Elsewhere, the twenty-something men quota was steadily increasing with the arrival of Glen Donnelly and Guy Carpenter. Of the two, Jim’s long lost son Glen made the bigger impact, largely down to the disruption his arrival caused in the Robinson family (not to mention an incest storyline that was edited for UK screens). Despite romances with Gemma Ramsay and Gaby Willis, Glen wasn’t quite the hit producers had hoped, and is now best remembered for his exit storyline and its long-lasting effect on his half-brother, Paul. Guy, meanwhile, was largely used as window dressing, his prowess as a swimmer offering the perfect excuse to feature him half-naked in most episodes. Just as it looked as if Guy was getting an interesting storyline with the arrival of his estranged father Lou, he was off on the bus to Broome. However, his father would prove a far more enduring presence on Ramsay Street. An old flame of Madge, Lou had briefly appeared four years earlier to try and stop her marrying Harold – and with Harold now ‘dead’, his return seemed timely. Larrikin Lou, as he was memorably dubbed, couldn’t have been more different from his love rival, but the ducker and diver found his way into the hearts of viewers as well as Madge. While that relationship fizzled out, Lou remained in the show when Madge left, and fifteen years on is now a Neighbours institution.

1992 was a year of key departures from Neighbours, with the death of Todd, a young boy who we were just watching grow into a man, followed just weeks later by the exit of Paul Robinson. It’s impossible to overstate just how much the second of these departures would change the show, with the affect felt for years to come. Paul was not just one of only three original characters left; he was also the most complex male figure in the street, and the source of much of the show’s conflict. It would be years before a character with the same edge would be back in Ramsay Street, and in the late nineties in particular, it would be a duller place for it.

Perhaps aware of how hard Paul’s exit would hit, producers decided that not one, but two of his in-laws were needed to replace him in the businessman role. Just as Paul’s sister Julie returned to No.26, with bank manager husband Philip Martin in tow, Christina Robinson’s extended family, headed up by Benito Alessi, took over No.22. With Philip and Benito up against each other for the Lassiter’s job, and a relationship between their teenage kids a source of disapproval, the stage was set for rivalry between these two men. However, there was a fundamental problem with these two characters: they were too similar. Both were very likeable, but neither had any great standout qualities, and their rivalry ended up being rather tame. As a quasi-Robinson with some history in the show, Philip was always going to be the more popular, and although George Spartels chose to quit the role of Benito after just a year, it’s hard to imagine he’d have survived long term. It’s telling that when the Alessis left, the family who replaced them, the Starks, did not feature an adult male figure.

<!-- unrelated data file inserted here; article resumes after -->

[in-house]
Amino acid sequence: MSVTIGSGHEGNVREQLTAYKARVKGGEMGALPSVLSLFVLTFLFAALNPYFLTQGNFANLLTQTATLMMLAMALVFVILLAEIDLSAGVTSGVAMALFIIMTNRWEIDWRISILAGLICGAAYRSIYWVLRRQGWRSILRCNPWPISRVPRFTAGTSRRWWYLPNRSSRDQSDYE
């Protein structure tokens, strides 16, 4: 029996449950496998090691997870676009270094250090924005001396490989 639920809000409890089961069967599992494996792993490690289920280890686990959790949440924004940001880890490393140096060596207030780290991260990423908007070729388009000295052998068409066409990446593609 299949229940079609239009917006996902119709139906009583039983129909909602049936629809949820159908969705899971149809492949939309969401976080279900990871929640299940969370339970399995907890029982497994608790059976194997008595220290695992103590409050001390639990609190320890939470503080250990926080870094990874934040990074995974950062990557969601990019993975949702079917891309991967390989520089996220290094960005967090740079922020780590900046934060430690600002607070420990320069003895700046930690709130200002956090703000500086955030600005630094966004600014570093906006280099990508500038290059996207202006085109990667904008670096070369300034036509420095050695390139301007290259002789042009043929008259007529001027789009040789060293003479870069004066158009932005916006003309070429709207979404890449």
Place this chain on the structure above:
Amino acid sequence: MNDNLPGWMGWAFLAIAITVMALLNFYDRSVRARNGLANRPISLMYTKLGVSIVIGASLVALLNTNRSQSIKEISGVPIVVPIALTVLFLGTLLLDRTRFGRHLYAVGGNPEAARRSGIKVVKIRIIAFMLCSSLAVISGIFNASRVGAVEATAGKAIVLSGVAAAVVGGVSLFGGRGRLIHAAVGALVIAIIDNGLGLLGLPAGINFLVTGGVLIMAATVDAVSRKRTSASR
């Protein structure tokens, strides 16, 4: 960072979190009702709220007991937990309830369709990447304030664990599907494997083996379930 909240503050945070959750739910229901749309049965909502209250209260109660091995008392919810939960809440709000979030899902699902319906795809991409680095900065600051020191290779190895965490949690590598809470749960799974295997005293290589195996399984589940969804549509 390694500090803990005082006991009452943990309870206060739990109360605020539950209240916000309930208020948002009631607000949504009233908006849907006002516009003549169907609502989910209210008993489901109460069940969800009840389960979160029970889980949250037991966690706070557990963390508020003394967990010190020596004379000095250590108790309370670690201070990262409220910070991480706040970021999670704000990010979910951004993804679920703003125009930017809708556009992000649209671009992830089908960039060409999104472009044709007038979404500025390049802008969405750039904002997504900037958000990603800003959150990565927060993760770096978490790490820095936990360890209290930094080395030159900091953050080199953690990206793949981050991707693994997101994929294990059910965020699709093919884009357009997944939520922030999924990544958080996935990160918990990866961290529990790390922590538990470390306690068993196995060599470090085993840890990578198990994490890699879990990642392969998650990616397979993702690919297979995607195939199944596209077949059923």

Just as fans, and the show’s producers, were coming to terms with the loss of Paul, they were faced with losing the most central male figure in Neighbours: Jim. After eight years of being everyone’s favourite dad and all-round good mate, his death was as sudden as it was brutal. When Jim died, much of the show’s history died with him, with Helen now the only remaining original character. Emphasising his legendary status, Jim was not directly replaced, with his son-in-law Phil gradually developing into the central family man role. In the days after Jim’s death, a scene was featured with Lou, Doug and Benito – the street’s three remaining ‘elder statesmen’ – discussing the news and their futures (specifically their wills). Within a few weeks, Benito was gone, and like Jim, was not replaced by a similarly aged male – not a good sign for the future of men in Neighbours.

If older men were struggling, their younger counterparts weren’t doing a lot better. While Brad was a hit, Marco Alessi, Cameron Hudson, Stephen Gottlieb and Wayne Duncan all came and went within a year, leaving little mark on Ramsay Street. It was left again to the teens to liven things up, with Rick Alessi proving very popular. Thanks to Dan Falzon’s pin-up looks and some effective comic writing, Rick grew into a focal male figure, particularly after Brad’s departure. Things also started to look up with the arrival of Mark Gottlieb, whose quirkiness set him apart from the bland young men who had preceded him. Mark’s on-off relationship with the hugely popular Annalise also helped, and it was another of Miss Hartman’s love interests, Sam Kratz, who would continue to fly the flag for twenty-something men as the decade reached its halfway point.

In 1994 Neighbours would lose another central male character when Doug and his wife Pam packed up and headed for Darwin. Reportedly axed, Doug seems to have been a victim of his age, or rather that of his children. New teens were needed to replace Doug’s grown-up kids, and a new family was the easiest way to introduce them. However, as we will see in part three of this review, Doug’s replacement at No.28 would initially look like a huge mistake… Elsewhere, the role of women in the lives of Ramsay Street men would again have a major impact.

Click here to read part three...